We often think of plastic surgery as something wealthy people do to retain their youth or improve their looks, but it’s a crucial form of medicine for those born with medical conditions such as a cleft palate.
Cleft palates are some of the most common birth defects in the world. It occurs when the tissue that makes up the roof of the mouth doesn’t form properly in the womb. Left untreated, the condition often leads to feeding and speech problems that can severely limit a child’s development.
In third world nations like India, finding treatment for cleft palates is nearly impossible. Most families can’t afford the cost of corrective surgery, and there are few doctors qualified to fix facial deformities. That’s why one doctor has devoted most of his life to fixing children’s smiles — for free.
Dr. Subodh Singh grew up in poverty in Varanasi, India. His father died when he was just a boy, and that loss left a huge hole in his life. Always a scholar, he couldn’t afford medical school until one of his brothers got a new job and scraped up the cash. Subodh wasn’t about to let this hard-won opportunity go to waste. From the moment he got his medical license, Subodh was determined to help the poor.
Dr, Singh is now a world renowned plastic surgeon. In 2001, he established G S Memorial Plastic Surgery Hospital in memory of his father. The hospital provides state-of-the-art reconstructive surgery to patients at a low cost. He also teamed up with The Smile Train project in 2003. The Smile Train is the largest cleft surgery-focused charitable organization in the world. Together, they’ve helped 37,000 children live better lives thanks to cleft palate repair surgery!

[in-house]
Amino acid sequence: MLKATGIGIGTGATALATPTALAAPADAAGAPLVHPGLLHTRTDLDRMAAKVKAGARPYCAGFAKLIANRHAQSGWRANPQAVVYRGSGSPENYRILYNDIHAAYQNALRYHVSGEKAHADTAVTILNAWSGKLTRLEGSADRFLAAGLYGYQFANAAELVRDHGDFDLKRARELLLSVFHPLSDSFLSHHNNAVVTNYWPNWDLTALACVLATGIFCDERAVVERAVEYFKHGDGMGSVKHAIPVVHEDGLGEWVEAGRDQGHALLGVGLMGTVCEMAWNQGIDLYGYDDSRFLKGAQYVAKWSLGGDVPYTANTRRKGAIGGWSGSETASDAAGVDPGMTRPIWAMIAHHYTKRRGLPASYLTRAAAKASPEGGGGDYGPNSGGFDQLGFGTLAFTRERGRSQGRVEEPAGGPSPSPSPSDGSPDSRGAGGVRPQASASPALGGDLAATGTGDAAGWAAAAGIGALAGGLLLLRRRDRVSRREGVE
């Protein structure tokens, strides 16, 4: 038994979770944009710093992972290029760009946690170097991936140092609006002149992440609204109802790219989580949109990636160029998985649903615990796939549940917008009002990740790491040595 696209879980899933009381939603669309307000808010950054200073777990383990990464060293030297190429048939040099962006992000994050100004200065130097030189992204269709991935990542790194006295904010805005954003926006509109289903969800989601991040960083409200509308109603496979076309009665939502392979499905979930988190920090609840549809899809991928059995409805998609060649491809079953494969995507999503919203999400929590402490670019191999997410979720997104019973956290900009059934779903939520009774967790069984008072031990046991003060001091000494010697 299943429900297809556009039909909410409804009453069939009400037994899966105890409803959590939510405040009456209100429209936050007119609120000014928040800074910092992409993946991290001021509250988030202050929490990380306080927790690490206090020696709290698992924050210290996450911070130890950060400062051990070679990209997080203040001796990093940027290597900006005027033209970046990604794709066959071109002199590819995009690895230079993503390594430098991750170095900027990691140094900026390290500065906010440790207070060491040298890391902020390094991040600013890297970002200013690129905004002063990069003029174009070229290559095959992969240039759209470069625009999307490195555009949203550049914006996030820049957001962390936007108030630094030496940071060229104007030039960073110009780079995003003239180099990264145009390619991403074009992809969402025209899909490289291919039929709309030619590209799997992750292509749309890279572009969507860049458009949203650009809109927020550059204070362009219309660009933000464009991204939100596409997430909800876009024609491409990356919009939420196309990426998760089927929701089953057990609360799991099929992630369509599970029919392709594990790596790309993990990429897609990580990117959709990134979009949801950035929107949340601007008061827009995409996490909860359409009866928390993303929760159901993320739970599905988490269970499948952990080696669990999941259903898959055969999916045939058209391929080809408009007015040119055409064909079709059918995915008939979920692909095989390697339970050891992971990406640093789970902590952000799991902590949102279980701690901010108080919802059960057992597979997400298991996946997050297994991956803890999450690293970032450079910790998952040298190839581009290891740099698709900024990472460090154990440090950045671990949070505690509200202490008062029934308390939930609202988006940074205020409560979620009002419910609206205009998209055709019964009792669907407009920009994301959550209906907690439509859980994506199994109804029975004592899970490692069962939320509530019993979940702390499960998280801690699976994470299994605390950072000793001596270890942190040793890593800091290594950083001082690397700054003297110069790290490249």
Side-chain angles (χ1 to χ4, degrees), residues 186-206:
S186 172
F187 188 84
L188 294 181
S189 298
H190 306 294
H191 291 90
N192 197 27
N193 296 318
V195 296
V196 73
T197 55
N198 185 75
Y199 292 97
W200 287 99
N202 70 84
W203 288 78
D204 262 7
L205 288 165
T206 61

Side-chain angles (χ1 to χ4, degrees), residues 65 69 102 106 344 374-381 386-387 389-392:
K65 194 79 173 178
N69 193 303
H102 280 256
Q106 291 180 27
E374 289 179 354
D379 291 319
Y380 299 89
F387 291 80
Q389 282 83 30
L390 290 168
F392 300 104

“We have not only corrected congenital deformity, but also reunited families where the husbands abandoned the wives for delivering a cleft baby,” said Dr. Singh. “Our team has saved hundreds of severely malnourished cleft kids through the focused nutritional support training programmes.”
Laborer Kartik Mondal says he considers Dr. Singh to be a true hero.
“A government hospital in Kolkata refused to treat my son and asked us to wait for surgery,” the grateful father said. “But Dr Singh and his team in Varanasi gave him a new life. The doctor is a god to me and my family.”
Thanks to Dr. Singh’s work, patients are now able to get corrective surgery earlier, leading to better outcomes down the line. “When we started this initiative in April 2004, the average age of patients was 10.8 years,” he explained. “Now the average age is one year, which takes us closer to the target of surgically bringing smiles to all cleft children through corrective surgery as early as three months old.”
Dr. Singh has helped patients as young as 3-months and as old as 76 years! He’s now trains other surgeons to perform this life-changing surgery to ensure his philanthropic legacy lives on.
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